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How the Plastic Bag was not a Crow

Lucy Alexander

It was not a crow.

Though waving. Though glistening.

Though waving and glistening on the road.

It was not a crow. Though the overing and overing

of black was like a crow it was not a crow.

Though the striking of the light was slightly bluish,

the moving of the bag in the breeze quite birdish

it was not a crow.

In the sun, in the glinting

Of the bag its wrinkles looked like feathers

for a moment

the bag’s crumples looked like a crow, broken by wheels.

I drove past slowly

hoping it was not a crow.

I was glad to see that although

the plastic bag did seem to have something inside it,

I was fairly sure it was not a crow.

And I left it there, being not a crow

– continuing to be not a crow –

waving its tentacles in the wind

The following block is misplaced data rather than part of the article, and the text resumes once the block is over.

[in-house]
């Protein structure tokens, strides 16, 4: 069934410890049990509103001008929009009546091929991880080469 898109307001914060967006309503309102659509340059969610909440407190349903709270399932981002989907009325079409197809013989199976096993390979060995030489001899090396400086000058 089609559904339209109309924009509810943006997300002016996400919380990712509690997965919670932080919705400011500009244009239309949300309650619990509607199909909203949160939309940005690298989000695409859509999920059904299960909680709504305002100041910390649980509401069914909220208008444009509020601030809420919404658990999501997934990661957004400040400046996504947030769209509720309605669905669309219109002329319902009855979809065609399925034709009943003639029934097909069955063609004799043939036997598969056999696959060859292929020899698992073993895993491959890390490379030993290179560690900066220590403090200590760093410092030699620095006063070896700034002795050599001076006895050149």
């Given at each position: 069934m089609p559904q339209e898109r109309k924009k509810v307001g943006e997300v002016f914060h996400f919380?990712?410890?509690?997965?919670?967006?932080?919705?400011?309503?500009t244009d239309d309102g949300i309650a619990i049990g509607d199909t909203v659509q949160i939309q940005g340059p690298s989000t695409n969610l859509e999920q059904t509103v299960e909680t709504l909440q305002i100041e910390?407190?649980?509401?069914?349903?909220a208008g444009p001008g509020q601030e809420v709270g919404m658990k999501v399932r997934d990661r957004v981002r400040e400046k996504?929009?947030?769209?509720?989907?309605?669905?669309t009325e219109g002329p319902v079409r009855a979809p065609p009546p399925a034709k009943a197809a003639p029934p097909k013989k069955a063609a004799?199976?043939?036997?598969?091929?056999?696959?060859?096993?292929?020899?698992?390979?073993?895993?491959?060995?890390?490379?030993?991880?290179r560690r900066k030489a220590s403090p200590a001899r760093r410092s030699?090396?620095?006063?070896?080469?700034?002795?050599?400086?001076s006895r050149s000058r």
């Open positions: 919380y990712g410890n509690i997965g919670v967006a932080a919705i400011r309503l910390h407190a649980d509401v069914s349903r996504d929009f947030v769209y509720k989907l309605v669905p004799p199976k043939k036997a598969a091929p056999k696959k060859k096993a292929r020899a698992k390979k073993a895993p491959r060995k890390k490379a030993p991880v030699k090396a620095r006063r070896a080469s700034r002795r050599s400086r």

looking a little bit like those bluish feathers

that crows so carefully preen…

And I risk my life in the traffic

to write how this plastic bag wavering in the wind

stuck down by the weight of something it contains

is not a crow.

And I drive away a little faster now

thinking when I next come back, the crow

might be hopping across the road seeking

to see what’s in the plastic bag, that tendrils

it’s feathery contents all over the bitumen

glistening a little in the sun;

– a bit like the feathers of the Crow.

Closeup of a Black Dog

Lucy is a resident of Gorman + Ainslie Arts Centre in Canberra. ‘Strokes of Light’ (2020) is her third collection. Her prose poetry earned her the 2022 CAPO Cook Creative Writing Award as well as being shortlisted for the Word Prose Poetry Award, 2022.

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